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Why we should give thanks for wild animals

Most of us share our homes with animals, so we know that they provide us with companionship, teach us how to love unconditionally and help us enjoy the outdoors and get more exercise. But wild animals also quietly provide us with many other benefits that we rarely notice. As we count our blessings this Thanksgiving, let’s pause to consider the other species who share our planet and the many ways that they make our lives better.

Oysters, clams and mussels clean up the ocean. As these industrious little bivalves suck in ocean water to feed on bacteria and phytoplankton, they also ingest pollutants and other harmful chemicals and send the filtered water back into the sea.

Dolphins are do-gooders. There have been dozens of reports of humans and dogs who were rescued from drowning by dolphins. Scientists believe that since dolphins can recognize when other species are in danger and will work to save them.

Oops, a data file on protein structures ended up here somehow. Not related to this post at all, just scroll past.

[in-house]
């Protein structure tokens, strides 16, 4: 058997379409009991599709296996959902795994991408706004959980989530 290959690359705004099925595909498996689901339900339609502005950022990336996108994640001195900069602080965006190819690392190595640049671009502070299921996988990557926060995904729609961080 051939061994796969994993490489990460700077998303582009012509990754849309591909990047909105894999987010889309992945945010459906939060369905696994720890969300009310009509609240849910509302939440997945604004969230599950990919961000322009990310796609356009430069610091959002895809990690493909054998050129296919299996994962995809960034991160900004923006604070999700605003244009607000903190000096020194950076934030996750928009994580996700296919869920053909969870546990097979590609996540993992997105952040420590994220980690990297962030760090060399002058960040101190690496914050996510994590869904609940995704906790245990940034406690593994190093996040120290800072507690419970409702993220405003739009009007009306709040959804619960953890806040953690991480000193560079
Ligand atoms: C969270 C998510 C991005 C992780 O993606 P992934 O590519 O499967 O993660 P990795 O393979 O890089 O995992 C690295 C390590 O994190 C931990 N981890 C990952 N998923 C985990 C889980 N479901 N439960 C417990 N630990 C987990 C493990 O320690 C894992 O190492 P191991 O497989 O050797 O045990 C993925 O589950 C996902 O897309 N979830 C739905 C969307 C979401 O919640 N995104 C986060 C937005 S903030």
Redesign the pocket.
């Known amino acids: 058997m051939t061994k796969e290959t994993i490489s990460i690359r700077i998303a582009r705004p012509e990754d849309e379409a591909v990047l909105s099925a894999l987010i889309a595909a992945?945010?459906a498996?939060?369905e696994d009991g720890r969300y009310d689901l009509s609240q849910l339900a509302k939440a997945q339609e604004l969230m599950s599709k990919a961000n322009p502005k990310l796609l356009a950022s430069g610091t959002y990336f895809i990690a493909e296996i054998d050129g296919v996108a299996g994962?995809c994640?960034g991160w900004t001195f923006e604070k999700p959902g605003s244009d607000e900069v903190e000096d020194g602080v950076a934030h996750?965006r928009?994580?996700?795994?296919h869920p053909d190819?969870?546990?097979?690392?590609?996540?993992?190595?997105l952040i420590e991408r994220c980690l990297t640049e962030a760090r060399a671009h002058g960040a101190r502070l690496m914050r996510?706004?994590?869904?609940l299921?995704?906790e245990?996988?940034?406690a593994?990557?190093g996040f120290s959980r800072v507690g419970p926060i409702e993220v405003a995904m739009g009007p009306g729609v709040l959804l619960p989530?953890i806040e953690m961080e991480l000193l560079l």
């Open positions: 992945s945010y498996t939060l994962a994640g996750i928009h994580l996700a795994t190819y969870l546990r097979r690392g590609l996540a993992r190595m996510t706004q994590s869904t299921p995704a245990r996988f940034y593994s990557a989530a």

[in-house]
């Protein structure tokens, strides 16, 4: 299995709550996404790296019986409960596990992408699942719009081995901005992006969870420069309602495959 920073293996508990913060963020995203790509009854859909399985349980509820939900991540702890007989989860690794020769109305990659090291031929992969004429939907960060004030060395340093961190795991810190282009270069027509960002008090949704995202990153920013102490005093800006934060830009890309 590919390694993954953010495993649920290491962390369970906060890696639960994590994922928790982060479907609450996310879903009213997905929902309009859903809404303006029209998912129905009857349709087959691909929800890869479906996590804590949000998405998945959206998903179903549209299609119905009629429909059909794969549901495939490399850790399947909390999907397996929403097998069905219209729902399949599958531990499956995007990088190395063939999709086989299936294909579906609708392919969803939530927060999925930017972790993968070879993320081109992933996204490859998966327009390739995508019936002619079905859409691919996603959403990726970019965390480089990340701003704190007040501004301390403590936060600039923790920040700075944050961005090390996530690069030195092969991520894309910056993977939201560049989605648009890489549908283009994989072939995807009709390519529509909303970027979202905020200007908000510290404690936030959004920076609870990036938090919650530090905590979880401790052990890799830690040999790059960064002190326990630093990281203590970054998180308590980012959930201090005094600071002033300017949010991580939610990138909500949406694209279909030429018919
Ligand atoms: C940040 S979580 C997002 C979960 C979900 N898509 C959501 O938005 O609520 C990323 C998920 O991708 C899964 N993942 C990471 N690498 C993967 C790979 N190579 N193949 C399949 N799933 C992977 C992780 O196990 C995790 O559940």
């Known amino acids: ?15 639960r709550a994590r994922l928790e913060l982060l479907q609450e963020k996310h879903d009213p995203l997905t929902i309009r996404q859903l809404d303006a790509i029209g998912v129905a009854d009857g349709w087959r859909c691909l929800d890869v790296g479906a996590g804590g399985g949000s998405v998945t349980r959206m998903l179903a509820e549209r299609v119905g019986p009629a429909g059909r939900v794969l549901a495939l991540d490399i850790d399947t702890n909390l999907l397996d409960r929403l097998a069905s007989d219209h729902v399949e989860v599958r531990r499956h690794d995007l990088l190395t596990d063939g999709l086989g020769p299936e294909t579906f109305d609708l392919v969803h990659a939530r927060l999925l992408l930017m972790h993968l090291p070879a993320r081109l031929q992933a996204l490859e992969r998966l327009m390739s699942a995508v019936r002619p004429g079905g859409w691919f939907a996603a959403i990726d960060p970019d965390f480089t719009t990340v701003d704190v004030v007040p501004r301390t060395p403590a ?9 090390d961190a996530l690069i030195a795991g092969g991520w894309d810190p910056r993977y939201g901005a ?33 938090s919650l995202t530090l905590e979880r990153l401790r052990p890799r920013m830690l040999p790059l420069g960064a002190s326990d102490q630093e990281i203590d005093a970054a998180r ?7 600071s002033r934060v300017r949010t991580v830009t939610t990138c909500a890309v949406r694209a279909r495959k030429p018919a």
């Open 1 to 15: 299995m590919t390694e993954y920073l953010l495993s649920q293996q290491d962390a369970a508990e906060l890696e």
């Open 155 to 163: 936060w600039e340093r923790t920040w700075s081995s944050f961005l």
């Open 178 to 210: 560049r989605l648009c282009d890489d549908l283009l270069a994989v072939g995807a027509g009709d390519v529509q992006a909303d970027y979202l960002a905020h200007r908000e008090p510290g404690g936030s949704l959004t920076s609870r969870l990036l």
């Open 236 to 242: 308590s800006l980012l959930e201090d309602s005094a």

Beavers are dam handy. By helping to regulate waterways with their dams, busy beavers help prevent floods and droughts and lessen the damage done by forest fires.

You’d be nuts not to respect squirrels. Trees and plants can rely on squirrels to help them reproduce. As squirrels bury nuts and seeds to stockpile for winter, they sometimes forget where some of them are buried. Thus, the nuts and seeds germinate, growing new trees and plants and sustaining a healthy ecosystem.

Birds are talented recyclers. They repurpose our trash, especially items such as string and paperclips, as they build their nests.

Wild horses protect the plains. Their digestive tract can’t break down seeds, so when they eat plants and then continue to roam, they deposit whole seeds on the ground in their feces. Later, the seeds germinate and keep plant populations strong.

Bats deserve a big pat on the back. Little brown bats can eat more than 600 mosquitoes in one hour, and also pollinate Agave tequilana, the plant that gives us tequila.

Animals improve our lives every day in countless important but little-known ways. Perhaps it’s time that we thanked and repaid them – simply by letting them live undisturbed and free.

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